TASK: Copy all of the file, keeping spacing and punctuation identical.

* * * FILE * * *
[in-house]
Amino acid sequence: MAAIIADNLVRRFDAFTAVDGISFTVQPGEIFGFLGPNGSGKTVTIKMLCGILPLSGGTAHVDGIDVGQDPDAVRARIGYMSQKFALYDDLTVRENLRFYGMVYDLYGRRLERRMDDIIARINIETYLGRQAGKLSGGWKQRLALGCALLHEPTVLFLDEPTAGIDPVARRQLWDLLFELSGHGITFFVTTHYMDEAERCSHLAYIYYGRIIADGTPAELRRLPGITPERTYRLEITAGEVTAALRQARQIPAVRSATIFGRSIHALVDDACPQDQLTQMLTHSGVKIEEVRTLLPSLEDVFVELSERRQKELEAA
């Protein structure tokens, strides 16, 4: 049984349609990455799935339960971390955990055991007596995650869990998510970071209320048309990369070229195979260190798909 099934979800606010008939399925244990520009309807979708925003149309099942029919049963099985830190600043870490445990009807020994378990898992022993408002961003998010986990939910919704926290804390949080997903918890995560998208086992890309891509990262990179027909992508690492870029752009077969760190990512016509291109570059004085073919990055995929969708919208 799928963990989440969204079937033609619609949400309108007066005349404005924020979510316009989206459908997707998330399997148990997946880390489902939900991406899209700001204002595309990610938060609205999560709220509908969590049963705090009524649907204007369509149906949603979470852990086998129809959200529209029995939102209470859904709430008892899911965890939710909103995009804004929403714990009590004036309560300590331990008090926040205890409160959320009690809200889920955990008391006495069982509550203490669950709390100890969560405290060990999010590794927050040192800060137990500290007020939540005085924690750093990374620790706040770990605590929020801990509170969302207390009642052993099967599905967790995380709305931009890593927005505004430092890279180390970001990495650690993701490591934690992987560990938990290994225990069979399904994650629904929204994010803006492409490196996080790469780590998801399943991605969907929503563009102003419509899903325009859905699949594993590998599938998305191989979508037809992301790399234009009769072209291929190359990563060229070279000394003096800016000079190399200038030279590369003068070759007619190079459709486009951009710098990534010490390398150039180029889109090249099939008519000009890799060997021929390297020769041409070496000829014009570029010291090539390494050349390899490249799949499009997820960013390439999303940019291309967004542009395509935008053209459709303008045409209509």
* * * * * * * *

[in-house]
Amino acid sequence: MAAIIADNLVRRFDAFTAVDGISFTVQPGEIFGFLGPNGSGKTVTIKMLCGILPLSGGTAHVDGIDVGQDPDAVRARIGYMSQKFALYDDLTVRENLRFYGMVYDLYGRRLERRMDDIIARINIETYLGRQAGKLSGGWKQRLALGCALLHEPTVLFLDEPTAGIDPVARRQLWDLLFELSGHGITFFVTTHYMDEAERCSHLAYIYYGRIIADGTPAELRRLPGITPERTYRLEITAGEVTAALRQARQIPAVRSATIFGRSIHALVDDACPQDQLTQMLTHSGVKIEEVRTLLPSLEDVFVELSERRQKELEAA
């Protein structure tokens, strides 16, 4: 049984349609990455799935339960971390955990055991007596995650869990998510970071209320048309990369070229195979260190798909 099934979800606010008939399925244990520009309807979708925003149309099942029919049963099985830190600043870490445990009807020994378990898992022993408002961003998010986990939910919704926290804390949080997903918890995560998208086992890309891509990262990179027909992508690492870029752009077969760190990512016509291109570059004085073919990055995929969708919208 799928963990989440969204079937033609619609949400309108007066005349404005924020979510316009989206459908997707998330399997148990997946880390489902939900991406899209700001204002595309990610938060609205999560709220509908969590049963705090009524649907204007369509149906949603979470852990086998129809959200529209029995939102209470859904709430008892899911965890939710909103995009804004929403714990009590004036309560300590331990008090926040205890409160959320009690809200889920955990008391006495069982509550203490669950709390100890969560405290060990999010590794927050040192800060137990500290007020939540005085924690750093990374620790706040770990605590929020801990509170969302207390009642052993099967599905967790995380709305931009890593927005505004430092890279180390970001990495650690993701490591934690992987560990938990290994225990069979399904994650629904929204994010803006492409490196996080790469780590998801399943991605969907929503563009102003419509899903325009859905699949594993590998599938998305191989979508037809992301790399234009009769072209291929190359990563060229070279000394003096800016000079190399200038030279590369003068070759007619190079459709486009951009710098990534010490390398150039180029889109090249099939008519000009890799060997021929390297020769041409070496000829014009570029010291090539390494050349390899490249799949499009997820960013390439999303940019291309967004542009395509935008053209459709303008045409209509």